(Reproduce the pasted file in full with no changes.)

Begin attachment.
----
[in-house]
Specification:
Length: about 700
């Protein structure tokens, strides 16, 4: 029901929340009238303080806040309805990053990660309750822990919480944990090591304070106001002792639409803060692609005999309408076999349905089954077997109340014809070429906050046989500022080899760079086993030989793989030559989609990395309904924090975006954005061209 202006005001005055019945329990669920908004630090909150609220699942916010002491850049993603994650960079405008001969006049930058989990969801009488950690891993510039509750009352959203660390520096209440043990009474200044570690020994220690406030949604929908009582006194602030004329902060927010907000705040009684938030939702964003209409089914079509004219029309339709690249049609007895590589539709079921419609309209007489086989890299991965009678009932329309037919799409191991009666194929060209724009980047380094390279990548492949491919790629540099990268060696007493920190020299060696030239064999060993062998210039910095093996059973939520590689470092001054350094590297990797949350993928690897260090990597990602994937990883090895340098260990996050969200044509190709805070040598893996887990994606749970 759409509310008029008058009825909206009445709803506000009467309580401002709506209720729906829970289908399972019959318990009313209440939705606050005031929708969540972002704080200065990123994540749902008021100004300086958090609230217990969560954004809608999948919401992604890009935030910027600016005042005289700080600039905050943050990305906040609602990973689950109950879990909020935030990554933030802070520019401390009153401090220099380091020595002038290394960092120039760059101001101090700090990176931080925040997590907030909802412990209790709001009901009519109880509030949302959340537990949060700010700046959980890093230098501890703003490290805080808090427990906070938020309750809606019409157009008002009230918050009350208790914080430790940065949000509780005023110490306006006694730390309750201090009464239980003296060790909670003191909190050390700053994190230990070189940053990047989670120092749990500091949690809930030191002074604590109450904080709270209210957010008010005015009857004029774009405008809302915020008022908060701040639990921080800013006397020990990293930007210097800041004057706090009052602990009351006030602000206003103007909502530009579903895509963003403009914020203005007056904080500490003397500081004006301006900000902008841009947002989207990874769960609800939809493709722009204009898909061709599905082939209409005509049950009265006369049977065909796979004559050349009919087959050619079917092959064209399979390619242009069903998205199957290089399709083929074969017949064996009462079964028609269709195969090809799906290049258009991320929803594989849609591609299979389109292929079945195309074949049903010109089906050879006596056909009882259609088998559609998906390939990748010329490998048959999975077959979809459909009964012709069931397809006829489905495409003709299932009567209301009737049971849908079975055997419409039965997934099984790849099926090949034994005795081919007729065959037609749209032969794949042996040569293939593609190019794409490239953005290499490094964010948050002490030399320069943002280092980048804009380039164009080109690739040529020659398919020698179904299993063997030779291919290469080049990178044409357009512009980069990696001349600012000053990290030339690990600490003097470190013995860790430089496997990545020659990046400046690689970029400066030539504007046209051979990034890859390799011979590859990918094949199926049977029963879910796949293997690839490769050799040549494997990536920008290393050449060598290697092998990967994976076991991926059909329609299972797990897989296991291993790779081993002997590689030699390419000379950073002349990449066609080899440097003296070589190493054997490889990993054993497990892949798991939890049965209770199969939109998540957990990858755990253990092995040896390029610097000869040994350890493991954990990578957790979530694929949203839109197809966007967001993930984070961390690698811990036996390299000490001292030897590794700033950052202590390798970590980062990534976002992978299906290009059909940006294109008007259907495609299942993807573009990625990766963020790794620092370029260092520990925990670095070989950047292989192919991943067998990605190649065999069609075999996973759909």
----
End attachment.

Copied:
[in-house]
Specification:
Length: about 700
């Protein structure tokens, strides 16, 4: 029901929340009238303080806040309805990053990660309750822990919480944990090591304070106001002792639409803060692609005999309408076999349905089954077997109340014809070429906050046989500022080899760079086993030989793989030559989609990395309904924090975006954005061209 202006005001005055019945329990669920908004630090909150609220699942916010002491850049993603994650960079405008001969006049930058989990969801009488950690891993510039509750009352959203660390520096209440043990009474200044570690020994220690406030949604929908009582006194602030004329902060927010907000705040009684938030939702964003209409089914079509004219029309339709690249049609007895590589539709079921419609309209007489086989890299991965009678009932329309037919799409191991009666194929060209724009980047380094390279990548492949491919790629540099990268060696007493920190020299060696030239064999060993062998210039910095093996059973939520590689470092001054350094590297990797949350993928690897260090990597990602994937990883090895340098260990996050969200044509190709805070040598893996887990994606749970 759409509310008029008058009825909206009445709803506000009467309580401002709506209720729906829970289908399972019959318990009313209440939705606050005031929708969540972002704080200065990123994540749902008021100004300086958090609230217990969560954004809608999948919401992604890009935030910027600016005042005289700080600039905050943050990305906040609602990973689950109950879990909020935030990554933030802070520019401390009153401090220099380091020595002038290394960092120039760059101001101090700090990176931080925040997590907030909802412990209790709001009901009519109880509030949302959340537990949060700010700046959980890093230098501890703003490290805080808090427990906070938020309750809606019409157009008002009230918050009350208790914080430790940065949000509780005023110490306006006694730390309750201090009464239980003296060790909670003191909190050390700053994190230990070189940053990047989670120092749990500091949690809930030191002074604590109450904080709270209210957010008010005015009857004029774009405008809302915020008022908060701040639990921080800013006397020990990293930007210097800041004057706090009052602990009351006030602000206003103007909502530009579903895509963003403009914020203005007056904080500490003397500081004006301006900000902008841009947002989207990874769960609800939809493709722009204009898909061709599905082939209409005509049950009265006369049977065909796979004559050349009919087959050619079917092959064209399979390619242009069903998205199957290089399709083929074969017949064996009462079964028609269709195969090809799906290049258009991320929803594989849609591609299979389109292929079945195309074949049903010109089906050879006596056909009882259609088998559609998906390939990748010329490998048959999975077959979809459909009964012709069931397809006829489905495409003709299932009567209301009737049971849908079975055997419409039965997934099984790849099926090949034994005795081919007729065959037609749209032969794949042996040569293939593609190019794409490239953005290499490094964010948050002490030399320069943002280092980048804009380039164009080109690739040529020659398919020698179904299993063997030779291919290469080049990178044409357009512009980069990696001349600012000053990290030339690990600490003097470190013995860790430089496997990545020659990046400046690689970029400066030539504007046209051979990034890859390799011979590859990918094949199926049977029963879910796949293997690839490769050799040549494997990536920008290393050449060598290697092998990967994976076991991926059909329609299972797990897989296991291993790779081993002997590689030699390419000379950073002349990449066609080899440097003296070589190493054997490889990993054993497990892949798991939890049965209770199969939109998540957990990858755990253990092995040896390029610097000869040994350890493991954990990578957790979530694929949203839109197809966007967001993930984070961390690698811990036996390299000490001292030897590794700033950052202590390798970590980062990534976002992978299906290009059909940006294109008007259907495609299942993807573009990625990766963020790794620092370029260092520990925990670095070989950047292989192919991943067998990605190649065999069609075999996973759909």